An ID card printer is a key investment for any organisation and a crucial piece of equipment post-COVID-19. With a range of models and features on offer, finding the plastic card printer to fit your needs can seem a little daunting, so we’ve created a simple ID card printer buying guide to ensure you make the right choice.
Step 1: How much does an ID printer cost?
A lot of first-time buyers ask how much do card printers cost? The honest answer is that it can greatly vary depending on what you are looking for in an ID card printer.
Single-sided printers are more affordable and great for smaller businesses new to card printing. However, if you need to display more information or increase visual security, you will benefit more by upgrading to dual-sided printing or an ID card printer with more security modules included.
The print speed, security features, print quality, and print volume you require will all affect the final price tag. The points below however aim to provide an in-depth breakdown of these features and help you decide on the right printer for you.
Find out how to determine your card printer budget and which machine can best help you.
Step 2: What type of card will you be printing on?
Before you purchase an ID card printer, it’s good to figure out what type of cards you’ll be printing onto. Will you be printing photo ID, loyalty cards and membership cards, or does your business use access control (door entry) and proximity cards such as MIFARE and HID cards?
This is an important point because many access control smart cards contain a tiny computer chip that gives the card surface a slightly raised edge. This means using a machine such as a direct-to-card printer can affect print quality and damage the printer, so you must use a retransfer printer or an inkjet printer if you are printing onto access control cards.
Blank photo ID card printers are best for you if:
- You do not require access control credentials or door entry
- You want a simple design including a name, photo, job title, department
- You require just one logo or visible image
- You don’t mind a small visible white border
An access control card printer is best for you if:
- You need to create smart cards programmed for an access control system
- You want a more complex card design
- You want information printed on both sides of your ID card
- You want multiple images, colours or logos
- You don’t want any white borders around the edge of a card
Step 3: What type of ID card printer is used for ID cards?
After settling on which type of card you require, the next step is to decide which printer will meet your needs best. Before you proceed, we’d suggest watching this helpful video to give you a better understanding of the print methods available:
To choose the right printer for you, it’s important to consider the following:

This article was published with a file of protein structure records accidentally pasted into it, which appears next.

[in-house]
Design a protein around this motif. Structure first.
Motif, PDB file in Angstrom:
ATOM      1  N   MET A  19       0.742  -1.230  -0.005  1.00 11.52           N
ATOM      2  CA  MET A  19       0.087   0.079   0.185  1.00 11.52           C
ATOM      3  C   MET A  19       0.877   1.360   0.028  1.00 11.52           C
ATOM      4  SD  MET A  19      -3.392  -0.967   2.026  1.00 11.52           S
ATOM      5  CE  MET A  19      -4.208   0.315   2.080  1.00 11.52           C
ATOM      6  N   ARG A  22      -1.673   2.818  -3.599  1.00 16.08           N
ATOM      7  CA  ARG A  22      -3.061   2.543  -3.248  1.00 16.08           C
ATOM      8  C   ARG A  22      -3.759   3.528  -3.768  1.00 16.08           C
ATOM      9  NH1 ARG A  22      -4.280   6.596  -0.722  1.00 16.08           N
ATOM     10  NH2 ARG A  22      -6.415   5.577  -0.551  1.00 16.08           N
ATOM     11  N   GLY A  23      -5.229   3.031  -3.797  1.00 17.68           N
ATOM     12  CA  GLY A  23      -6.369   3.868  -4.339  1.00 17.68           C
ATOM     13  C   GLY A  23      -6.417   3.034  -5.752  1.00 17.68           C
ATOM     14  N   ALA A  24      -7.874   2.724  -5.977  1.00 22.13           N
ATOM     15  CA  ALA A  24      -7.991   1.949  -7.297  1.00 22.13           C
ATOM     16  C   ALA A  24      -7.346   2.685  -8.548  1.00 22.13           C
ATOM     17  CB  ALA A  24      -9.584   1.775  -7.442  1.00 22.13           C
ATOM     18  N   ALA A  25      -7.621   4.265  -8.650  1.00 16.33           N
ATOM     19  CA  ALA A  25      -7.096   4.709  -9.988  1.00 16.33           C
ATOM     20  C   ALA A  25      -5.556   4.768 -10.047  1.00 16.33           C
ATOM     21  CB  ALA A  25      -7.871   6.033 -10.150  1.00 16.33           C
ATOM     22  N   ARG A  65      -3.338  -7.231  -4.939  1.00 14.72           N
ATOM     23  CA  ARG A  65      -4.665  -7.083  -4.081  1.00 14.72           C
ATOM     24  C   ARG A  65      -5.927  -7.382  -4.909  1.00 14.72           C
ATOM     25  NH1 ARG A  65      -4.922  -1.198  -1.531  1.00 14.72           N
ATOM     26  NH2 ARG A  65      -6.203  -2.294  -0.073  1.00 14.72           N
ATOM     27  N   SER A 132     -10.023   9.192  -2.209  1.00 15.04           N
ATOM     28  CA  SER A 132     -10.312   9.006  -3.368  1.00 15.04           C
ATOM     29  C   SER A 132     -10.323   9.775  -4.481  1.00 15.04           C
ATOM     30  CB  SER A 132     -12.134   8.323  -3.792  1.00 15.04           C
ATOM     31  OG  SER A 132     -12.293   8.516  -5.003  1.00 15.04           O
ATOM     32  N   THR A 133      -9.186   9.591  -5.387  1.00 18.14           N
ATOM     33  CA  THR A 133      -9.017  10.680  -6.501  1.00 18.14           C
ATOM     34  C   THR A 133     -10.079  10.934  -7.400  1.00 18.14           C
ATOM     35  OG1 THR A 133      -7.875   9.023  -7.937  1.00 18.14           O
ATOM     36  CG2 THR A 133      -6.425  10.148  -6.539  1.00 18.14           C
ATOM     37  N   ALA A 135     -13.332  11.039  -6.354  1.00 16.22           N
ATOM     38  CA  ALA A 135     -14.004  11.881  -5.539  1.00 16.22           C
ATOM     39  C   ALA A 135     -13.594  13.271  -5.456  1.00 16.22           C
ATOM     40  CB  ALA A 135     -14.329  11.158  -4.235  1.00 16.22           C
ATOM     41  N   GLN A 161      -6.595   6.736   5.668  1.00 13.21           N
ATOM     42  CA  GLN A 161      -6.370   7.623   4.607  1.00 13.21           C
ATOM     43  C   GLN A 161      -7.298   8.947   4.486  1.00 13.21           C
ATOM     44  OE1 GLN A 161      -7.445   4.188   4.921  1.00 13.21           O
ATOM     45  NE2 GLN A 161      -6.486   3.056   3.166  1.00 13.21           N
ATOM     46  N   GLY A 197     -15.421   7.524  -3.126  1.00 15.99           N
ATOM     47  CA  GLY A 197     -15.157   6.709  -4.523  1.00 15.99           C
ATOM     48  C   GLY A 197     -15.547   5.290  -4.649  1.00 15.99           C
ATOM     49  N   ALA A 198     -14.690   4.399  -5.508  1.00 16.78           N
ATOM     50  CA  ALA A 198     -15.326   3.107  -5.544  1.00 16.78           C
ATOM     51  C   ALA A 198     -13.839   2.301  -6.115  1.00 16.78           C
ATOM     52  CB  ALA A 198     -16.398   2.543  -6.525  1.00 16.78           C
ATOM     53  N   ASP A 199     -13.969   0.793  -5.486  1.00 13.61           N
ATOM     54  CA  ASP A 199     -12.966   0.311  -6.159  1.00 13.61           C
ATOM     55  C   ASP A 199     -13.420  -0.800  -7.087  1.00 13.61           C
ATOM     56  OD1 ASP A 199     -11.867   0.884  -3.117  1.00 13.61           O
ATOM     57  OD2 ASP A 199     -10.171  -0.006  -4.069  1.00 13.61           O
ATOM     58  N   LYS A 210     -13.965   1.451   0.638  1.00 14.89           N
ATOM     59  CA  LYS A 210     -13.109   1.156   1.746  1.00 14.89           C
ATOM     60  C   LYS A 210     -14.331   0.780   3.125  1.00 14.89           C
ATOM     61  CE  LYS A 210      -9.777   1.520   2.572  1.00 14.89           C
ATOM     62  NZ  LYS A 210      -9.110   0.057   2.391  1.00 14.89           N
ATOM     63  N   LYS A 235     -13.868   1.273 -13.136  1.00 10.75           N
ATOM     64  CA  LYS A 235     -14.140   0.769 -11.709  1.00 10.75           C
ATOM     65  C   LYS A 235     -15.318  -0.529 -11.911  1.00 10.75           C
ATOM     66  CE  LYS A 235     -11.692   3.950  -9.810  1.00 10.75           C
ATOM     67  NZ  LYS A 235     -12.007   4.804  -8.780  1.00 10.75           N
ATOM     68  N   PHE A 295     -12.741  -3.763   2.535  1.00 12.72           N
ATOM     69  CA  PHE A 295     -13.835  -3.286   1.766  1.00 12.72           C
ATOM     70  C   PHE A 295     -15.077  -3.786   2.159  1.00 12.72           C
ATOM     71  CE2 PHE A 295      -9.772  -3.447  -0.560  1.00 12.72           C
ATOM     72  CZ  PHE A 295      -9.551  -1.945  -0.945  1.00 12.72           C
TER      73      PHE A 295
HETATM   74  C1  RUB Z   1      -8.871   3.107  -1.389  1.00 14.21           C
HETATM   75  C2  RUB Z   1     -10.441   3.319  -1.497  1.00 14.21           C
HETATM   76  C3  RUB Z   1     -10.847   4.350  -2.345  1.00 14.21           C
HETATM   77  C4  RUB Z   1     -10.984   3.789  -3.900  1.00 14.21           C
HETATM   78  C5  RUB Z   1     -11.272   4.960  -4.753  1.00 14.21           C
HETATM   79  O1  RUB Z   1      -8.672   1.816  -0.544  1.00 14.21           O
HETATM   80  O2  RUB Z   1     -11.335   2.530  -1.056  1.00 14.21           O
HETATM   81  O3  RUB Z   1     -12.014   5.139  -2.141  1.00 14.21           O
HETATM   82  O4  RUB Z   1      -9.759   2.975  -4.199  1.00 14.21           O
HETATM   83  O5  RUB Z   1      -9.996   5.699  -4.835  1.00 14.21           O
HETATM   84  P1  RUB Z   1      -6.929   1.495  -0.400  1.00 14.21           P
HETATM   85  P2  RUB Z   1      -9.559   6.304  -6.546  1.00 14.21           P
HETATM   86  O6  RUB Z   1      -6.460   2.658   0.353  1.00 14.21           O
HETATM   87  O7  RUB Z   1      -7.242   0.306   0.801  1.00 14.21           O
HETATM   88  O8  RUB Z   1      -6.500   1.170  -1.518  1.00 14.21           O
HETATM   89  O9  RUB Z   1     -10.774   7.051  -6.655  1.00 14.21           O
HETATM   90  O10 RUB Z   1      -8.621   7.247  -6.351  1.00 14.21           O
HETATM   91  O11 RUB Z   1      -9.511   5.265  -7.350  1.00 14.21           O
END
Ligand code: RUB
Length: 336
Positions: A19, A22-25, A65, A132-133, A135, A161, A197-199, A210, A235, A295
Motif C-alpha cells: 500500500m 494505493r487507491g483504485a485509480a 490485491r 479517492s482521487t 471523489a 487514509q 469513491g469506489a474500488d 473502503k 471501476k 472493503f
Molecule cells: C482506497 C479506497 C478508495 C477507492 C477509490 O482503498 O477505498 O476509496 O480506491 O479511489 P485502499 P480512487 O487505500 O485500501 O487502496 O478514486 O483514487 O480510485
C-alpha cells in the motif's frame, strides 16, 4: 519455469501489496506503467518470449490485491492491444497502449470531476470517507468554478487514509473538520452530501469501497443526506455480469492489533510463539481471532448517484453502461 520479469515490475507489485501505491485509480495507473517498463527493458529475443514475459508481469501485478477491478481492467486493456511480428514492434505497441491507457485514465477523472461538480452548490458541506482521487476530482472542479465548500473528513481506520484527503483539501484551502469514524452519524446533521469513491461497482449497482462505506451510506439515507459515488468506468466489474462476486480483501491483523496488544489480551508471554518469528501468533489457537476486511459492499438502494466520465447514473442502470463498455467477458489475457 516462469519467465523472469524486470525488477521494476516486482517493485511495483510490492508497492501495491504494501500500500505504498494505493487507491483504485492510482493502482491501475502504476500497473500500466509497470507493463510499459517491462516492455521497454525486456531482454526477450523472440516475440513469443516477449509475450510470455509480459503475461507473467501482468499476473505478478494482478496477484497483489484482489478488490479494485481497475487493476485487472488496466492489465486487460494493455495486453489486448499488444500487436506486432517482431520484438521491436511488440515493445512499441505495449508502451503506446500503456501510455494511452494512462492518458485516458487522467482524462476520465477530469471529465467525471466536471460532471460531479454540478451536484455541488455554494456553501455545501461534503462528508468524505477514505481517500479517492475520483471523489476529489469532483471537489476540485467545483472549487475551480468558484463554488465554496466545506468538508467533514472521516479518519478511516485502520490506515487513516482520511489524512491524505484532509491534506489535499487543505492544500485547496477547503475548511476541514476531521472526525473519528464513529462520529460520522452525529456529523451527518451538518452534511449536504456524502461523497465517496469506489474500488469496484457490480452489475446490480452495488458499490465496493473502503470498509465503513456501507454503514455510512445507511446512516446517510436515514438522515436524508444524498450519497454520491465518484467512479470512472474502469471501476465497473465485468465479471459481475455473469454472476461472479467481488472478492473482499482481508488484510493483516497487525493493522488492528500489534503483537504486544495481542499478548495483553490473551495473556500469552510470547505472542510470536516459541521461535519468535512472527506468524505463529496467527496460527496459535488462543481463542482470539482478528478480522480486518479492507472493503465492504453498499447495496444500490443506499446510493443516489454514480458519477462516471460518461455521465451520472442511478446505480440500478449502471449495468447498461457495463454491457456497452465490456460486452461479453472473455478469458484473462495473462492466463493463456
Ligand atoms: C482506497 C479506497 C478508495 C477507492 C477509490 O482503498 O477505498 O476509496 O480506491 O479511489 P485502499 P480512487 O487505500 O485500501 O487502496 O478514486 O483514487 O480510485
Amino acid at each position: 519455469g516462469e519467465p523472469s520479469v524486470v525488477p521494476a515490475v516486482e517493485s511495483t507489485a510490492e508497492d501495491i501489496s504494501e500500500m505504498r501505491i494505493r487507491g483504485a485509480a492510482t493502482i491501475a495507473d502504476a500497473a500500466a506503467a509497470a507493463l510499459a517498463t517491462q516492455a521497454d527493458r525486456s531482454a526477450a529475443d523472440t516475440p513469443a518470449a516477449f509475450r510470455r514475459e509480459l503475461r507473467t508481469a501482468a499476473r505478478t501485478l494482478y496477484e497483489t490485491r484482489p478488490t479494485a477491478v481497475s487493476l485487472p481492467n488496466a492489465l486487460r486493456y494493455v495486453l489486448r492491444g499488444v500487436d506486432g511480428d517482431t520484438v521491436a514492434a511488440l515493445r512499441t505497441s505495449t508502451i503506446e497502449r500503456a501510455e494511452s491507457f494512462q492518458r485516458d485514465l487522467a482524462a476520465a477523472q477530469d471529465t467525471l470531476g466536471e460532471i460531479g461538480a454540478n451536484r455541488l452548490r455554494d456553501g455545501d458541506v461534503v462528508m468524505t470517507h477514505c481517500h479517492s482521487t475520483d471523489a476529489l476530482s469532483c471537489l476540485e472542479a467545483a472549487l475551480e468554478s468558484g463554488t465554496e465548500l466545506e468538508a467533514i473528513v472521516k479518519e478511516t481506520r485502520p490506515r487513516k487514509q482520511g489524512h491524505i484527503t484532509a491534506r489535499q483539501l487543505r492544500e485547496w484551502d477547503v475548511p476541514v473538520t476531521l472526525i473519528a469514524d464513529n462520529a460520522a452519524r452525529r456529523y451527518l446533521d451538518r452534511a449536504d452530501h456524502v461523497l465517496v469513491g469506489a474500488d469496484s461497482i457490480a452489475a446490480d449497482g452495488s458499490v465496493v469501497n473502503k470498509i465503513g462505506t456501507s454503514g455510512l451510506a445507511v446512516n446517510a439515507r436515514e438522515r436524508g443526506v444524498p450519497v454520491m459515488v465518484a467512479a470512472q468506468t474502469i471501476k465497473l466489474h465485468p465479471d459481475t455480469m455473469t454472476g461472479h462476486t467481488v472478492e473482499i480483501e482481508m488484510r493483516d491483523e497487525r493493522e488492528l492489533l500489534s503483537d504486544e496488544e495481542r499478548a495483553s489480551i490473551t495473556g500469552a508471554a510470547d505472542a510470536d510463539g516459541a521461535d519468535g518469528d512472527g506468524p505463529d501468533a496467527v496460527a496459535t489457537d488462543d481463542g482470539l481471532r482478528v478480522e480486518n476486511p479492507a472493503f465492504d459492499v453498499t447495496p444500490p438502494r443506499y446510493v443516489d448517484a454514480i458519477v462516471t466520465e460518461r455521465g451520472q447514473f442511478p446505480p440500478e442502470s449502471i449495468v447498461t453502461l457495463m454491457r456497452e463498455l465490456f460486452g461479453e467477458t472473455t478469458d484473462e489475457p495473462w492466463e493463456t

- Whether you are printing on to access control smart cards
- The image quality you require
- The print volume you require
- The level of printer and card security you require
There are several distinct types of ID card printers available including:
- Direct-to-card printers
- Retransfer printers
- Inkjet printers
Which ID card printer is best for you?
Direct-to-card printers remain the most popular type of ID card printer due to a combination of attractive pricing and ease of use and are typically the solution for beginners or those with low volume printing requirements. Card printing with a direct-to-card machine will leave a small white border on printed ID cards as the printhead is not designed for printing over-the-edge of cards.
A direct-to-card printer does what it says on the tin, it prints directly onto the card surface using a process called “dye-sublimation” to offer faster print speed and lower cost per card than competitor ID card printers.
Consider a Direct-to-Card (DTC) printer if you:
- Need simple card designs with basic photos, logos and text
- Want to keep the cost of consumables such as printer ribbons to a minimum
- Don’t need to print to a form of access control card
Retransfer printers are much more effective printing machines than direct-to-card printers thanks to their two-step production process. Using a process called “reverse transfer” printing, your design is printed onto the reverse side of a clear film which is then heat adhered onto the full card surface. Retransfer printers are the most capable of printing over-the-edge designs onto ID cards with uneven surfaces due to the unique print method this technology uses.
In short, retransfer printing creates longer-lasting durable cards and allow you to print onto access control smart cards without the final image being compromised.
Consider a retransfer ID card printer if you:
- Need to print onto access control cards
- Want high-definition image quality
- Require over-the-edge card coverage
- Want a long-lasting ID card that doesn’t fade over time
Inkjet card printers
Inkjet ID card printing is a new technology. It makes printing onto plastic cards as easy as possible thanks to the use of a simple snap-in cartridge rather than a printer ribbon. Inkjet printing onto plastic cards offers a fair middle-ground between retransfer and direct-to-card printers, with strong print speed and over-the-edge printing in one user-friendly machine.
The Fargo INK1000 inkjet card printer is capable of printing high-definition text and imagery onto access control cards too.
Consider an inkjet ID card printer if you: